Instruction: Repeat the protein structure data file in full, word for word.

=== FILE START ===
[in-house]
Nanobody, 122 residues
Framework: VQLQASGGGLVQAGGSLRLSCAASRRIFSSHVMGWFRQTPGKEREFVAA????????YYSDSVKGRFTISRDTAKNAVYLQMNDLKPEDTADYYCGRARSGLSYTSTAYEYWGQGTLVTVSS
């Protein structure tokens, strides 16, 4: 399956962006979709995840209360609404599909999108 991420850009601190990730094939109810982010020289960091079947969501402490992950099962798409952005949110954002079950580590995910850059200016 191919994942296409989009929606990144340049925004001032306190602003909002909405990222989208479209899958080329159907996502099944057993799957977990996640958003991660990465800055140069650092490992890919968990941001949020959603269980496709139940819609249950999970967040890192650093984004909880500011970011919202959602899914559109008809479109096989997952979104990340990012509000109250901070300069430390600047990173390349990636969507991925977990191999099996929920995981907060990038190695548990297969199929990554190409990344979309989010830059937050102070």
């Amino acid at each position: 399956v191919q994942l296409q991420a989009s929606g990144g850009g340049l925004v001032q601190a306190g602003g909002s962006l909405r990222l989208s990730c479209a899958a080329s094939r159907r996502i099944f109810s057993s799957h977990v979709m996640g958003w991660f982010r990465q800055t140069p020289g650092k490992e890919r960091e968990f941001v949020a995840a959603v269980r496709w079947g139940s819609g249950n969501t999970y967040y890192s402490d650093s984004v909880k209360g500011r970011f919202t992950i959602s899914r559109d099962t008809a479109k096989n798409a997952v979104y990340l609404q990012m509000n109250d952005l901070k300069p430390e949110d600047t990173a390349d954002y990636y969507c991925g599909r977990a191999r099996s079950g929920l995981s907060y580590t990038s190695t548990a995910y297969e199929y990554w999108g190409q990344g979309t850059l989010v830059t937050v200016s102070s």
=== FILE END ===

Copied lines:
[in-house]
Nanobody, 122 residues
Framework: VQLQASGGGLVQAGGSLRLSCAASRRIFSSHVMGWFRQTPGKEREFVAA????????YYSDSVKGRFTISRDTAKNAVYLQMNDLKPEDTADYYCGRARSGLSYTSTAYEYWGQGTLVTVSS
């Protein structure tokens, strides 16, 4: 399956962006979709995840209360609404599909999108 991420850009601190990730094939109810982010020289960091079947969501402490992950099962798409952005949110954002079950580590995910850059200016 191919994942296409989009929606990144340049925004001032306190602003909002909405990222989208479209899958080329159907996502099944057993799957977990996640958003991660990465800055140069650092490992890919968990941001949020959603269980496709139940819609249950999970967040890192650093984004909880500011970011919202959602899914559109008809479109096989997952979104990340990012509000109250901070300069430390600047990173390349990636969507991925977990191999099996929920995981907060990038190695548990297969199929990554190409990344979309989010830059937050102070």
């Amino acid at each position: 399956v191919q994942l296409q991420a989009s929606g990144g850009g340049l925004v001032q601190a306190g602003g909002s962006l909405r990222l989208s990730c479209a899958a080329s094939r159907r996502i099944f109810s057993s799957h977990v979709m996640g958003w991660f982010r990465q800055t140069p020289g650092k490992e890919r960091e968990f941001v949020a995840a959603v269980r496709w079947g139940s819609g249950n969501t999970y967040y890192s402490d650093s984004v909880k209360g500011r970011f919202t992950i959602s899914r559109d099962t008809a479109k096989n798409a997952v979104y990340l609404q990012m509000n109250d952005l901070k300069p430390e949110d600047t990173a390349d954002y990636y969507c991925g599909r977990a191999r099996s079950g929920l995981s907060y580590t990038s190695t548990a995910y297969e199929y990554w999108g190409q990344g979309t850059l989010v830059t937050v200016s102070s």